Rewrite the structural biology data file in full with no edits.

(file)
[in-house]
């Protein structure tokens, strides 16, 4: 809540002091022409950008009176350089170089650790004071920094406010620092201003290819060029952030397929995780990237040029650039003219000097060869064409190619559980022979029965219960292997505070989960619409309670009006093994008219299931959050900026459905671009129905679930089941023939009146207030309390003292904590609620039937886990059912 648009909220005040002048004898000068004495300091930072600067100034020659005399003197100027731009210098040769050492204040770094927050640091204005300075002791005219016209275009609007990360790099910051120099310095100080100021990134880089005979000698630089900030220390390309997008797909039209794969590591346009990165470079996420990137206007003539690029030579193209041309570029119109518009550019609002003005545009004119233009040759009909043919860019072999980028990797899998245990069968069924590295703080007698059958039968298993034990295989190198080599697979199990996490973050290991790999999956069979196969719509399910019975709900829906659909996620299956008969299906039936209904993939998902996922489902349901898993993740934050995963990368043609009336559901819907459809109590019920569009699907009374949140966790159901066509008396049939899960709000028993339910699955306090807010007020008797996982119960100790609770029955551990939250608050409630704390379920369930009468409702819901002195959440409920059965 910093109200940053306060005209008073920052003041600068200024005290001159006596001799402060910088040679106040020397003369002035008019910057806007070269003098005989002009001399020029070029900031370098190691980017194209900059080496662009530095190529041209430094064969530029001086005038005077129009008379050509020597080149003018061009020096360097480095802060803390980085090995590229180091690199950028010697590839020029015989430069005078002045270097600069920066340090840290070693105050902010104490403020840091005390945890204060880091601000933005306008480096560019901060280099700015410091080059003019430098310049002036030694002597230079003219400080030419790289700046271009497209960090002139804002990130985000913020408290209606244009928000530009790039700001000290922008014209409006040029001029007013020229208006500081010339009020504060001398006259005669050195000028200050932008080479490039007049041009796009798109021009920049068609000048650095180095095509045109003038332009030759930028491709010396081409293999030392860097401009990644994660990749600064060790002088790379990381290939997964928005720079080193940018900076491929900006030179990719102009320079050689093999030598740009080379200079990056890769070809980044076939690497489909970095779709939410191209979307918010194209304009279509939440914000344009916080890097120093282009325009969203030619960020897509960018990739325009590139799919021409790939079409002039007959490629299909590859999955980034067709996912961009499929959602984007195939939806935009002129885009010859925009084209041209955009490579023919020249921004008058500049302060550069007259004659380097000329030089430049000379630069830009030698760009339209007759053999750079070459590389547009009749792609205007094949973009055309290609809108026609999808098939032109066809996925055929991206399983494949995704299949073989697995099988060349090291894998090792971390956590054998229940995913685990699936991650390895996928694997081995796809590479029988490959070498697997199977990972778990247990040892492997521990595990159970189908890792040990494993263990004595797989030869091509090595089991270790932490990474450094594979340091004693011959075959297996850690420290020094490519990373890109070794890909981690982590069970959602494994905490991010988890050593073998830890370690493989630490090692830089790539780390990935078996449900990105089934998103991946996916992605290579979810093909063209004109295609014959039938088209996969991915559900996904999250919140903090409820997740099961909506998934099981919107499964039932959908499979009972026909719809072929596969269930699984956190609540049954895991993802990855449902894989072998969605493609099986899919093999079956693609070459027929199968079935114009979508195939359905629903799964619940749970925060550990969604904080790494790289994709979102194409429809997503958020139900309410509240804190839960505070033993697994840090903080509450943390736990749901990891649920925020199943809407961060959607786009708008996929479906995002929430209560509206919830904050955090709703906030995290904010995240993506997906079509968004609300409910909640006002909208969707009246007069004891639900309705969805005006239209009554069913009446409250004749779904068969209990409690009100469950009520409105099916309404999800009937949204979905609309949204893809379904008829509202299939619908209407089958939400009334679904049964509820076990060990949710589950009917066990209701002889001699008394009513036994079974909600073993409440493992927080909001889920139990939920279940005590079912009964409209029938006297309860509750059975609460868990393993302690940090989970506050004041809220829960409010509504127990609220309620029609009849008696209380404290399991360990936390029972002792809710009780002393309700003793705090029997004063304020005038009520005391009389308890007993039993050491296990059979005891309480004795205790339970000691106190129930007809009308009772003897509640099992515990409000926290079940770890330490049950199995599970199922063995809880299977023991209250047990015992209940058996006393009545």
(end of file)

[in-house]
């Protein structure tokens, strides 16, 4: 809540002091022409950008009176350089170089650790004071920094406010620092201003290819060029952030397929995780990237040029650039003219000097060869064409190619559980022979029965219960292997505070989960619409309670009006093994008219299931959050900026459905671009129905679930089941023939009146207030309390003292904590609620039937886990059912 648009909220005040002048004898000068004495300091930072600067100034020659005399003197100027731009210098040769050492204040770094927050640091204005300075002791005219016209275009609007990360790099910051120099310095100080100021990134880089005979000698630089900030220390390309997008797909039209794969590591346009990165470079996420990137206007003539690029030579193209041309570029119109518009550019609002003005545009004119233009040759009909043919860019072999980028990797899998245990069968069924590295703080007698059958039968298993034990295989190198080599697979199990996490973050290991790999999956069979196969719509399910019975709900829906659909996620299956008969299906039936209904993939998902996922489902349901898993993740934050995963990368043609009336559901819907459809109590019920569009699907009374949140966790159901066509008396049939899960709000028993339910699955306090807010007020008797996982119960100790609770029955551990939250608050409630704390379920369930009468409702819901002195959440409920059965 910093109200940053306060005209008073920052003041600068200024005290001159006596001799402060910088040679106040020397003369002035008019910057806007070269003098005989002009001399020029070029900031370098190691980017194209900059080496662009530095190529041209430094064969530029001086005038005077129009008379050509020597080149003018061009020096360097480095802060803390980085090995590229180091690199950028010697590839020029015989430069005078002045270097600069920066340090840290070693105050902010104490403020840091005390945890204060880091601000933005306008480096560019901060280099700015410091080059003019430098310049002036030694002597230079003219400080030419790289700046271009497209960090002139804002990130985000913020408290209606244009928000530009790039700001000290922008014209409006040029001029007013020229208006500081010339009020504060001398006259005669050195000028200050932008080479490039007049041009796009798109021009920049068609000048650095180095095509045109003038332009030759930028491709010396081409293999030392860097401009990644994660990749600064060790002088790379990381290939997964928005720079080193940018900076491929900006030179990719102009320079050689093999030598740009080379200079990056890769070809980044076939690497489909970095779709939410191209979307918010194209304009279509939440914000344009916080890097120093282009325009969203030619960020897509960018990739325009590139799919021409790939079409002039007959490629299909590859999955980034067709996912961009499929959602984007195939939806935009002129885009010859925009084209041209955009490579023919020249921004008058500049302060550069007259004659380097000329030089430049000379630069830009030698760009339209007759053999750079070459590389547009009749792609205007094949973009055309290609809108026609999808098939032109066809996925055929991206399983494949995704299949073989697995099988060349090291894998090792971390956590054998229940995913685990699936991650390895996928694997081995796809590479029988490959070498697997199977990972778990247990040892492997521990595990159970189908890792040990494993263990004595797989030869091509090595089991270790932490990474450094594979340091004693011959075959297996850690420290020094490519990373890109070794890909981690982590069970959602494994905490991010988890050593073998830890370690493989630490090692830089790539780390990935078996449900990105089934998103991946996916992605290579979810093909063209004109295609014959039938088209996969991915559900996904999250919140903090409820997740099961909506998934099981919107499964039932959908499979009972026909719809072929596969269930699984956190609540049954895991993802990855449902894989072998969605493609099986899919093999079956693609070459027929199968079935114009979508195939359905629903799964619940749970925060550990969604904080790494790289994709979102194409429809997503958020139900309410509240804190839960505070033993697994840090903080509450943390736990749901990891649920925020199943809407961060959607786009708008996929479906995002929430209560509206919830904050955090709703906030995290904010995240993506997906079509968004609300409910909640006002909208969707009246007069004891639900309705969805005006239209009554069913009446409250004749779904068969209990409690009100469950009520409105099916309404999800009937949204979905609309949204893809379904008829509202299939619908209407089958939400009334679904049964509820076990060990949710589950009917066990209701002889001699008394009513036994079974909600073993409440493992927080909001889920139990939920279940005590079912009964409209029938006297309860509750059975609460868990393993302690940090989970506050004041809220829960409010509504127990609220309620029609009849008696209380404290399991360990936390029972002792809710009780002393309700003793705090029997004063304020005038009520005391009389308890007993039993050491296990059979005891309480004795205790339970000691106190129930007809009308009772003897509640099992515990409000926290079940770890330490049950199995599970199922063995809880299977023991209250047990015992209940058996006393009545």